How good was Jordan Zimmermann tonight?
He was facing a Reds team that had scored the second-most runs in the National League coming into the game, and he held them scoreless.
Six of his nine innings lasted just 10 or fewer pitches.
He faced 30 batters and threw just 32 balls.
You can do the math. That’s impressive stuff.
“I felt great. This is the best I’ve felt in a long time,” Zimmermann said after his first career compete-game shutout. “A really good slider tonight and a good fastball to go with it. We knew they swung early and we wanted to throw first-pitch strikes and quality pitches and let them get themselves out and let the defense work. And that’s what we did tonight.”
Zimmermann allowed just three baserunners all night: Xavier Paul blooped a single to center in the third, Todd Frazier reached on an error in the fifth and Corky Miller drew a walk in the eighth. None of the three moved into scoring position.
Zimmermann pounded the zone with an array of pitches. He threw 55 fastballs, a pitch that topped out at 96 mph when he got Joey Votto looking in the fourth. Zimmermann also mixed in 19 sliders, 11 curveballs and two changeups, keeping the Reds off-balance.
“I’m just throwing strikes and trying to get ahead of guys and not trying to get deep in the counts and letting them put the ball in play,” Zimmermann said. “I don’t care about strikeouts. I don’t want to walk anyone. So that’s what I’m going to try and do.”
Zimmermann wanted to get ahead in the count, but he saw how the Reds were approaching their at-bats with Gio Gonzalez Thursday night. They took a lot of early hacks, telling Zimmermann that while it was important to throw strikes early in the count, they needed to be quality strikes, and he needed to mix in some offspeed stuff on the first pitch of at-bats.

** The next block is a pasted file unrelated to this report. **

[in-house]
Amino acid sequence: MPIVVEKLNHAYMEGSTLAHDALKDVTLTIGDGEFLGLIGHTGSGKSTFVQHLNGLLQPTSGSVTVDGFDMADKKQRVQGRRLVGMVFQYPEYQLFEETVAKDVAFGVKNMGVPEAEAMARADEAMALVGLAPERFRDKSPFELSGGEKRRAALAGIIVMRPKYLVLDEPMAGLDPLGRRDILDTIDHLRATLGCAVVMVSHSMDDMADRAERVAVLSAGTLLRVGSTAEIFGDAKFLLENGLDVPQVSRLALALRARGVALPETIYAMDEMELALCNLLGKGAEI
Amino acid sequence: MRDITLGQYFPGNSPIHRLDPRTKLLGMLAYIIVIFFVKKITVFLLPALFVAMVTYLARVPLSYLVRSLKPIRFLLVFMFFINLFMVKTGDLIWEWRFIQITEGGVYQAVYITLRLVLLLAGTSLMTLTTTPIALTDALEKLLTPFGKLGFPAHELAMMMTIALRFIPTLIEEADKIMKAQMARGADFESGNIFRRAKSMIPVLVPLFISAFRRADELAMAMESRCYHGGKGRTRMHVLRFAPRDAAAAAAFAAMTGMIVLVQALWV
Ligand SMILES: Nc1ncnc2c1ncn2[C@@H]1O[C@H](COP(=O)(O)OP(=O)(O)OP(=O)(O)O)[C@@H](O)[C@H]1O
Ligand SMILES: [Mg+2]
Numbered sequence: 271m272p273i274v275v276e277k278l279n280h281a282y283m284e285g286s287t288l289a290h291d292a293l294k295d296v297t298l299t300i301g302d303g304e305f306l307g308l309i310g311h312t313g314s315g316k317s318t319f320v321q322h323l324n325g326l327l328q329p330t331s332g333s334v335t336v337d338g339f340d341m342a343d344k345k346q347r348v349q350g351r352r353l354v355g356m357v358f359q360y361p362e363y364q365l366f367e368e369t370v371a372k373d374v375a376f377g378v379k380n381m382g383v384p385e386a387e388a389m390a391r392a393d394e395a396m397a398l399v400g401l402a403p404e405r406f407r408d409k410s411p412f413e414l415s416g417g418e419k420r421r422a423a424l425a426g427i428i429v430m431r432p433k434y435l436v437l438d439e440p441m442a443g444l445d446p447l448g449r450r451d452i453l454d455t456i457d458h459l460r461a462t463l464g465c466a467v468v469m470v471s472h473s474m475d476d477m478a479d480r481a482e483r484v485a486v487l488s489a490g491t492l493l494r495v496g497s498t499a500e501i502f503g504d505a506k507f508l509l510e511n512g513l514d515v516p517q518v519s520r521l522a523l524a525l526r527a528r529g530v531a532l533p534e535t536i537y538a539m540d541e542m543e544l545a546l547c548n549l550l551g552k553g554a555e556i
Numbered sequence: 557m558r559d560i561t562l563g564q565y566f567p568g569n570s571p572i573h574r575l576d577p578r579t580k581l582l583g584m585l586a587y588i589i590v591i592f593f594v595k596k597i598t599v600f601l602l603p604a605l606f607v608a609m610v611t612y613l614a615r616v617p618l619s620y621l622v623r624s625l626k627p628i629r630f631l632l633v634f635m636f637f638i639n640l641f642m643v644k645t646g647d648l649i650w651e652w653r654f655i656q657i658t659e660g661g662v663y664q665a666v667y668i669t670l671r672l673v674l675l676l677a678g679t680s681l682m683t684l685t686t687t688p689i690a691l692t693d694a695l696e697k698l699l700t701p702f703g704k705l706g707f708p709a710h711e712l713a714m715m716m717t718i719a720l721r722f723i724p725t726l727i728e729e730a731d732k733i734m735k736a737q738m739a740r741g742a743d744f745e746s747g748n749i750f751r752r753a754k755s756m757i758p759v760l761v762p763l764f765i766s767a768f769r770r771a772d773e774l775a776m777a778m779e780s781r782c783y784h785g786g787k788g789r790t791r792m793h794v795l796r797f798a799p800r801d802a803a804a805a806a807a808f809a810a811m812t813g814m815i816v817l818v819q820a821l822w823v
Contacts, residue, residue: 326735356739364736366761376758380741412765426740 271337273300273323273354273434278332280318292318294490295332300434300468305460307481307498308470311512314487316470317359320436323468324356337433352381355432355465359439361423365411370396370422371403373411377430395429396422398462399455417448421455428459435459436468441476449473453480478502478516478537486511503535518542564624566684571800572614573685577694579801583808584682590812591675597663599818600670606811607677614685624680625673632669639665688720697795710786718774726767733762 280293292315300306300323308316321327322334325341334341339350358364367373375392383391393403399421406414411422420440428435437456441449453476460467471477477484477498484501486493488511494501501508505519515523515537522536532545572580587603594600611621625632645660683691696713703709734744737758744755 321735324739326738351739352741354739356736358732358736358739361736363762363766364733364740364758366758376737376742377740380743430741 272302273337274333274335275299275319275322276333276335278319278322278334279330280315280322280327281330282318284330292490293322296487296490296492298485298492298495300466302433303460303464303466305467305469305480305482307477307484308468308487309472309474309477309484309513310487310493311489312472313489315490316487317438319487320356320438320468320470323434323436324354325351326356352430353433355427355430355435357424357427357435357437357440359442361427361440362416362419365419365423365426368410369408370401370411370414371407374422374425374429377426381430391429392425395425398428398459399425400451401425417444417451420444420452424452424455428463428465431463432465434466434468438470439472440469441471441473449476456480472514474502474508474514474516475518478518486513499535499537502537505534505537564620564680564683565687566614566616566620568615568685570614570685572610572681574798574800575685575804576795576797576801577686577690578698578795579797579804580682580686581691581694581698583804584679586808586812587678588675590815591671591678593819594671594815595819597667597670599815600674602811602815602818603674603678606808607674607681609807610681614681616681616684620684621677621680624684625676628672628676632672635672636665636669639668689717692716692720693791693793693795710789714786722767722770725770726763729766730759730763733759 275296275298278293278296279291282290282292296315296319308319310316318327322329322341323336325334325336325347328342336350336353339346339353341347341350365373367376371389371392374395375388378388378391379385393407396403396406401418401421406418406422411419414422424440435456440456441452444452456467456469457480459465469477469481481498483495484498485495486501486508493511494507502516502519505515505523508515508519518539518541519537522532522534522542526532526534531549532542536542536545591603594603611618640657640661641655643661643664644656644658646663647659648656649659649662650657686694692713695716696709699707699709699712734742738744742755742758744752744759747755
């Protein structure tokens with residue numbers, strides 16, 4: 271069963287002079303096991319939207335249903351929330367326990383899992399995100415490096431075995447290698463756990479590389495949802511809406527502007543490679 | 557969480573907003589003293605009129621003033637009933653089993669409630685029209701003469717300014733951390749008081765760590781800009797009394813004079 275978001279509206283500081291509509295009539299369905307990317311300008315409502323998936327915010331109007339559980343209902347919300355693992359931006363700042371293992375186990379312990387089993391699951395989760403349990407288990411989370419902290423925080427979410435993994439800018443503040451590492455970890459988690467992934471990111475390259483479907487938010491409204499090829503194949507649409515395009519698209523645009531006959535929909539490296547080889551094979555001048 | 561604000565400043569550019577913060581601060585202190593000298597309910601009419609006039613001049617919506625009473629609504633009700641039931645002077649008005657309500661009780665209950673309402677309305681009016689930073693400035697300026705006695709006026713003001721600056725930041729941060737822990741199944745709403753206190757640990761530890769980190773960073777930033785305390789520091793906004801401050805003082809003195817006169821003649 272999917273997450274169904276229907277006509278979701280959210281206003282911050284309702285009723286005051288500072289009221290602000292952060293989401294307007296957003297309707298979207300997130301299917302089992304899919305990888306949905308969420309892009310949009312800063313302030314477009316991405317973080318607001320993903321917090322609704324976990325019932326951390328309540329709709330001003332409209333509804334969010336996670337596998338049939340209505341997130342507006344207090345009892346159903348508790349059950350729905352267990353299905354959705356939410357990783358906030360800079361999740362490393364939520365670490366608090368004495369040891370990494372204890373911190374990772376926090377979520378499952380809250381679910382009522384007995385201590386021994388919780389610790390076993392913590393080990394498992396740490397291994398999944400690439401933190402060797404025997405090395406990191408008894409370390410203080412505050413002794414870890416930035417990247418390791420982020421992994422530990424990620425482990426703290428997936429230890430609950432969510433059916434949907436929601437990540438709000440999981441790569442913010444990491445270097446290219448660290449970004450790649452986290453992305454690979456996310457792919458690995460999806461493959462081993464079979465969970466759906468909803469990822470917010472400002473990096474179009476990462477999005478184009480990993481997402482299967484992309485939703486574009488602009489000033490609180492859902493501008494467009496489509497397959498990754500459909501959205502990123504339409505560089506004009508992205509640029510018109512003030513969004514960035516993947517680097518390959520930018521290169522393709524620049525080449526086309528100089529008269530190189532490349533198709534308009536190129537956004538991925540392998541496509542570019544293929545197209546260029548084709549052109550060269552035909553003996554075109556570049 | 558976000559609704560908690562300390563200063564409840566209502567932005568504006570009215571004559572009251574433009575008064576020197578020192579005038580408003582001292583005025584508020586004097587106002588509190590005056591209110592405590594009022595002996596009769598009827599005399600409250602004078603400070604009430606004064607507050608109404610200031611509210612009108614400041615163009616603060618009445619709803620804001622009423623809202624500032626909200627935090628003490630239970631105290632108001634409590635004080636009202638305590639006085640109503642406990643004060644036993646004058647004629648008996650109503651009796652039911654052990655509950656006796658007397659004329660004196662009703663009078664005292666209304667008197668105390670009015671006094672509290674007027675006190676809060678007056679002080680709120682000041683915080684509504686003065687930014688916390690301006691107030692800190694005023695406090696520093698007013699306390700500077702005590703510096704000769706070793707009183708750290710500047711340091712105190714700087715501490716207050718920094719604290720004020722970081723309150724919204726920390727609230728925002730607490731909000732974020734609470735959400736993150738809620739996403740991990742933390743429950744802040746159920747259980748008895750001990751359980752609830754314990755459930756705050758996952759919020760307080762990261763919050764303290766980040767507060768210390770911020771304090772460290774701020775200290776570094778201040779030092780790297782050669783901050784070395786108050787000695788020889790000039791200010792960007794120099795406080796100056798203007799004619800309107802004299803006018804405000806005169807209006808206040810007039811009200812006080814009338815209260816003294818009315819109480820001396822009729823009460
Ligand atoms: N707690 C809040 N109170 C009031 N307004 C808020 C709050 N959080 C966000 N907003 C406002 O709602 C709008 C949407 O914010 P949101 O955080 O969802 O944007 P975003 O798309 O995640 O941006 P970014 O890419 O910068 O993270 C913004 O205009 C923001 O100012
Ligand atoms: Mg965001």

“I was watching last night and (Gonzalez) was staying in the bottom of the zone, too,” Zimmermann said. “And they were swinging early just like tonight. I saw that figured I gotta do the same. And it was the same results.
“I’ve always liked first-pitch curves to get ahead of the guys, just flip it in there. I feel comfortable throwing it. Some of these guys swing early and pretty aggressive. I figured if I can flip that in there and get them to flyout or groundout and it was working.”
If you toss out Zimmermann’s previous outing, when he went five innings in a loss to the Mets, he’s averaged 12.0 pitches per inning in his other four starts. Just as a point of comparison, Bartolo Colon led the majors last season in fewest pitches per inning among starters, at 14.05.
He’s working deep into games, he’s limiting his pitches and he’s having a great deal of success.
“I feel good,” Zimmermann said. “Every time out I’ve felt good so far.”